Republican challenger Mitt Romney will cast his ballot with the rest of the nation Tuesday as he heads to Boston for the last night of the campain.
President Obama, who voted early, arrived in Chicago last night, while Romney made one last stop in his bid to take the White House.
Romney's 24-Hour Finale
The past 24 hours have been a wild ride for Romney. He campaigned in four battleground states, including New Hampshire, where the former governor took the stage before 10,000 enthusiastic supporters.
"You hoped President Obama would live up to his promise to bring people together to solve the big problems. He hasn't. I will," Romney vowed, drawing waves of applause from the audience.
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While huge rallies look great in person and on TV, the Romney campaign knows the key is getting those voters to the polls.
Consequently, they will be using some sophisticated software on Election Day. An app on campaign workers' phones, called the Orca Project, will tell them "who" is voting "where" around the country.
As that information comes into election headquarters, campaign staff can then direct last-minute phone calls and door knocks to specific underperforming areas to get out the vote.
In the meantime, Romney supporters, like Suzanne Bonanno and David Schur, are fired up and ready to go.
"I'm married, and I have a couple of kids, and I'm excited about a new leader in our country," Bonanno said. "Mitt Romney is going to do a great job. I'm proud of his whole entire message."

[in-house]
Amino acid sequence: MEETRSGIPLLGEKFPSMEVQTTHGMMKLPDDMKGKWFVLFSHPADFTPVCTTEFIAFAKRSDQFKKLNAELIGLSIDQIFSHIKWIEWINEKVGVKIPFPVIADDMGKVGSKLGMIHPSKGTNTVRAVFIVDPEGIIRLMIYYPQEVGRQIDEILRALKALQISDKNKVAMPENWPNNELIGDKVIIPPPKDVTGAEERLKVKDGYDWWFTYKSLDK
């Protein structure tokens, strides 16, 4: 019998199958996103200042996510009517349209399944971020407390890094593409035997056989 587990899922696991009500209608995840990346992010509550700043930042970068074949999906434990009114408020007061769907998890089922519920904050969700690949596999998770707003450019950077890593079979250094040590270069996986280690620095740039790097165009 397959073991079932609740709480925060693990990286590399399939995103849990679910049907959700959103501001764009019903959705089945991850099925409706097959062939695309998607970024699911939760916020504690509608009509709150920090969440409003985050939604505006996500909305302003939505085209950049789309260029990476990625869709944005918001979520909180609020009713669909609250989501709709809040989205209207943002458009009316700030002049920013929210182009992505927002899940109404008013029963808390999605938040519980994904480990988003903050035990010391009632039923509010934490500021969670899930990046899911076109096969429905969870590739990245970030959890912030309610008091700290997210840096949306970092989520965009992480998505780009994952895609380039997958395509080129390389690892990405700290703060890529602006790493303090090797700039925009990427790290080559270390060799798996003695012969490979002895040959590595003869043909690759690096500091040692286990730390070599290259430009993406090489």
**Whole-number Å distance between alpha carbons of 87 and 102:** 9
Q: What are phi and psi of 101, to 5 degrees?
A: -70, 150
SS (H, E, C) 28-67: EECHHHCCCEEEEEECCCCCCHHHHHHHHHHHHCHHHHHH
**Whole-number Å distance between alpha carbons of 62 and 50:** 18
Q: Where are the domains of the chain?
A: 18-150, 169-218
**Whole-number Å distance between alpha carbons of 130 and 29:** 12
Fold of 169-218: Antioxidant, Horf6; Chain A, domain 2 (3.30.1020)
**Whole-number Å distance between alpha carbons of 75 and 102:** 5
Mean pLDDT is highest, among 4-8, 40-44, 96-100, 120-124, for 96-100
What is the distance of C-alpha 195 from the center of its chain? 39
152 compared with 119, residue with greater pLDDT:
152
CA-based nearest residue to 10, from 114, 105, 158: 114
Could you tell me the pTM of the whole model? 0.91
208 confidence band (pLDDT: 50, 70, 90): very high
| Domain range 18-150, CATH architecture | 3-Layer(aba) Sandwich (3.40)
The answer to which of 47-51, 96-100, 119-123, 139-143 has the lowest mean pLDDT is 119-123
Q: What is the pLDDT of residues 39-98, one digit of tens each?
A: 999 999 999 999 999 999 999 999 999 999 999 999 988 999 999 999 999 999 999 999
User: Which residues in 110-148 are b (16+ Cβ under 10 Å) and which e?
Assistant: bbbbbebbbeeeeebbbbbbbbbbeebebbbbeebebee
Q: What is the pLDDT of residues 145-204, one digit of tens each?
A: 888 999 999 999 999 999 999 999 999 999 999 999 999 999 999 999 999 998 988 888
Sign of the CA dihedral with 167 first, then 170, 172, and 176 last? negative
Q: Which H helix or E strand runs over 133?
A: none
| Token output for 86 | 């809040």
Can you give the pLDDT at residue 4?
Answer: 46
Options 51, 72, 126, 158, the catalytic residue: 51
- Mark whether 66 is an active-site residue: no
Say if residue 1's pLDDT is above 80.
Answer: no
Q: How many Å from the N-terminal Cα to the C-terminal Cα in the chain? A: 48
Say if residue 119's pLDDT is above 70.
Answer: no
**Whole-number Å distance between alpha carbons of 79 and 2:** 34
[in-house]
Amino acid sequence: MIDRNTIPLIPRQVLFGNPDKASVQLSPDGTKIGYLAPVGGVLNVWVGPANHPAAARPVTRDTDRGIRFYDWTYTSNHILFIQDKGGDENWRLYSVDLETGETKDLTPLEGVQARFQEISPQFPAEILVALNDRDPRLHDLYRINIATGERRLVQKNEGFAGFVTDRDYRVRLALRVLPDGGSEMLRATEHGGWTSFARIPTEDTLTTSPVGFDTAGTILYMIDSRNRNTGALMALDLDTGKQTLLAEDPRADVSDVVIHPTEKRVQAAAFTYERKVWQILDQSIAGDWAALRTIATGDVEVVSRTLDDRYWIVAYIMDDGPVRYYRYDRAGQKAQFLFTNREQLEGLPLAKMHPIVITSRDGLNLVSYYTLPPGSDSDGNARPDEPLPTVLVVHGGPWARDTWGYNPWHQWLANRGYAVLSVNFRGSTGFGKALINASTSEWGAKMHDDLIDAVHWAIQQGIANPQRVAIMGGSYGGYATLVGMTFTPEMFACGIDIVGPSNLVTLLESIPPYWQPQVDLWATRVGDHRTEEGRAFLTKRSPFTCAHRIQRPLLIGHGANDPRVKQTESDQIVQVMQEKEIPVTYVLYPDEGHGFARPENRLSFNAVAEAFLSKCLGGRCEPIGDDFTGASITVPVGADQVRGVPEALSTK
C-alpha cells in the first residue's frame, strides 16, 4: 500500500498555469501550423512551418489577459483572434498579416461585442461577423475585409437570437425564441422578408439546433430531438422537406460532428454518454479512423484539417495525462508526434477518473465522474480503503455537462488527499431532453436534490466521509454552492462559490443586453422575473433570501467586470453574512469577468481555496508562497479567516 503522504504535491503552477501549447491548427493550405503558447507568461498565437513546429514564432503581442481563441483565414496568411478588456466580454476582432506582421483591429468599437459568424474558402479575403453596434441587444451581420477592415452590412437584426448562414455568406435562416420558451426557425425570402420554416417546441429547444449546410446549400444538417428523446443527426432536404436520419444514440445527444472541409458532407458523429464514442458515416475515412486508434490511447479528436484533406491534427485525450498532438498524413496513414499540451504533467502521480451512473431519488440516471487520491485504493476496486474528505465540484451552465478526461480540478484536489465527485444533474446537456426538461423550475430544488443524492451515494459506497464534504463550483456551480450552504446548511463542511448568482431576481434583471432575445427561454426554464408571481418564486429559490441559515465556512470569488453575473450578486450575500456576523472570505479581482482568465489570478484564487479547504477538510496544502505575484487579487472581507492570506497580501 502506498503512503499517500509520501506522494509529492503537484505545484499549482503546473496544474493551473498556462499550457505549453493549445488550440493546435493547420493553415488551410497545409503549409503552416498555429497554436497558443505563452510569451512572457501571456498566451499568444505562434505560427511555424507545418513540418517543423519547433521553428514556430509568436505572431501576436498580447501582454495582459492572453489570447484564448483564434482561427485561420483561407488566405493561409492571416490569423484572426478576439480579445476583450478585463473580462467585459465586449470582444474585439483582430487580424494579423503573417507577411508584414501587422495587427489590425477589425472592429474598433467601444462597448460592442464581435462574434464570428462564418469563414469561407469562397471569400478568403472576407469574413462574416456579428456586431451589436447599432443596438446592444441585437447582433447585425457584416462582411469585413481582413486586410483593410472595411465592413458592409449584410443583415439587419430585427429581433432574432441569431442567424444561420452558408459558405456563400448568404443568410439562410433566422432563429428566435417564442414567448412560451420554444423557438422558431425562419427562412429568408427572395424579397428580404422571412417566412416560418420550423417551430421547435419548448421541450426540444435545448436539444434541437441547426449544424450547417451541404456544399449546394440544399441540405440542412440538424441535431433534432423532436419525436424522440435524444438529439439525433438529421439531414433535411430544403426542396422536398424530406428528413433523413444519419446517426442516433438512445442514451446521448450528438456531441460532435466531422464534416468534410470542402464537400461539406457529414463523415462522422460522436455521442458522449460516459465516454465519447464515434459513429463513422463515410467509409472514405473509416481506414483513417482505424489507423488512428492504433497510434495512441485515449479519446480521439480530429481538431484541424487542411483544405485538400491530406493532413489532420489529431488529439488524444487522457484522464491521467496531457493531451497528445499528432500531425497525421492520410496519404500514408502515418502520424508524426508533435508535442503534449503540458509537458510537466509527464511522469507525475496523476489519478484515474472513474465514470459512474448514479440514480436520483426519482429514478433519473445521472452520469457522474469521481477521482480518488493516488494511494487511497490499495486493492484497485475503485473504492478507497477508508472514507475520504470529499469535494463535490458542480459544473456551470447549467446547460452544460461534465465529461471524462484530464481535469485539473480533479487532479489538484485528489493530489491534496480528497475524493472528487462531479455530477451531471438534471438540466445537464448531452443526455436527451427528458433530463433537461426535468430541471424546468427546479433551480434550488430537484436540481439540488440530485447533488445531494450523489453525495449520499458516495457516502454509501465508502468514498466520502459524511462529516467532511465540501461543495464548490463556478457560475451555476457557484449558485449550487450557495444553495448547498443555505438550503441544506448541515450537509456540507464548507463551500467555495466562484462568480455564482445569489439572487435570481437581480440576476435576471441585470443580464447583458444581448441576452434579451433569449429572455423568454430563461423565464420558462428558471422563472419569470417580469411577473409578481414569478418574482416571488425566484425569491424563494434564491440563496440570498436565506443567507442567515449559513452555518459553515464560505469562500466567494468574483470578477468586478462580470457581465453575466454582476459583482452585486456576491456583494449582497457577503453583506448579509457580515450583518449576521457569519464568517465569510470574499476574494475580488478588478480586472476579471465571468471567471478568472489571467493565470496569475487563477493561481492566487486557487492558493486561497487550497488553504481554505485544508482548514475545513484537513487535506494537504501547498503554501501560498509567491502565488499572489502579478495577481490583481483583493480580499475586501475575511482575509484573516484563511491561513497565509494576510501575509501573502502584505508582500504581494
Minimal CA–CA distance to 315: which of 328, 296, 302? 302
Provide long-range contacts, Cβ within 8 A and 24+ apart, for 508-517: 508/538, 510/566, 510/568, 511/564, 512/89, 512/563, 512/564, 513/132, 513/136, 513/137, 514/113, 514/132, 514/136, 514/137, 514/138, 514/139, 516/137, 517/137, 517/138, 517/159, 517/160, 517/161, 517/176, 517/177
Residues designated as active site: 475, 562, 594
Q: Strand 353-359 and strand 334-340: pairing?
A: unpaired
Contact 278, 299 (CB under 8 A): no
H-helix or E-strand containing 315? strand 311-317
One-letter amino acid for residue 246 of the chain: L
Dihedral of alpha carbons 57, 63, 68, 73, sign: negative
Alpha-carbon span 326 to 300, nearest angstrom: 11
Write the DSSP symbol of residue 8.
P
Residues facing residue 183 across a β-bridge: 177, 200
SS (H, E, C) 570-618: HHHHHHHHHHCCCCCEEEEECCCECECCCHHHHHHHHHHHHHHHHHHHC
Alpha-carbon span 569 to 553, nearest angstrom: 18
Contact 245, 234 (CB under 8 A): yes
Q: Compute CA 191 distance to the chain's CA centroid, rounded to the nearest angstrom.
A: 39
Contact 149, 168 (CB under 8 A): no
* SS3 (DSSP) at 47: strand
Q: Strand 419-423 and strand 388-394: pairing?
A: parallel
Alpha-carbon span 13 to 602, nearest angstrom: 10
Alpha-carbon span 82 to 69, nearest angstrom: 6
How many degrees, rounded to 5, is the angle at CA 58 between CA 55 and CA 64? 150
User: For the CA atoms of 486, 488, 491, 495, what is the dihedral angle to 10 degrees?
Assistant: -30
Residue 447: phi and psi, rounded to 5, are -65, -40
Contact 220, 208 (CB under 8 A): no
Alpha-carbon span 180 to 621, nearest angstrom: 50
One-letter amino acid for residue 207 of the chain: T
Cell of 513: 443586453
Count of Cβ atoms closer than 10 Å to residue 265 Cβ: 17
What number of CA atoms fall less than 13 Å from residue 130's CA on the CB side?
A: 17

"I feel pretty excited," Schur said. "I feel pretty good that Mitt Romney has got the momentum, and I think he's going to do it. I also feel it's about time the campaign is over."
Multiple sources with the Romney campaign told CBN News they think they can win North Carolina and Florida. If they lose Ohio, they believe they can win Wisconsin instead.
They also say don't be surprised if Minnesota goes into the Romney victory column. Such a development could be the biggest 'gotcha' of the night -- in a state that hasn't gone in the Republican column in a presidential election in 40 years.
Watching and Waiting
Meanwhile, President Obama and the first lady are taking shelter at home in the Windy City, waiting for the results of a hard-fought contest.
On the final day of his campaign, the president chose Ohio, Wisconsin, and Iowa to make his closing arguments.
His pitch: telling voters he's spent his first term fighting for change.
"You've seen the scars on me to prove it," Obama told supporters Monday. "You've seen the gray hair on my head -- to show you what it means to fight for change."
His get-out-the-vote machine has even drawn praise from Republicans. Volunteers at the Obama campaign's Chicago field office are in overdrive.
"It has been nonstop," Obama campaign volunteer Cathy Yoshimura said.
Every few minutes a half dozen volunteers pour in, some making plans to canvas battlegrounds in Wisconsin and Iowa and others, like Bjorn Danbolt, making endless phone calls.
Danbolt can't vote today because he's Norwegian. Still, he flew here two weeks ago to volunteer. He believes Obama has improved U.S. relations abroad with European and Muslim leaders.
"It's critical that that path is continued because I think many back home in Norway and Western Europe also really oppose many of Mitt Romney's policies," he said.
Cathy Yoshimura recently moved to Chicago from Ohio. She said she's working to help battleground voters "see the light."
"My friends are back in Ohio and they're doing the same thing," Yoshimura said.
"They're trying so hard and they've asked. I thought I was going to go back and help them' and I said, 'No, you can do it, I know you can do it.' 'So sorry,'" she said, dissolving into tears.
Four years ago the president claimed his historic victory at Chicago's Grant Park before hundreds of thousands of proud supporters. But you can expect them to raise the roof if Obama wins a second term in the White House.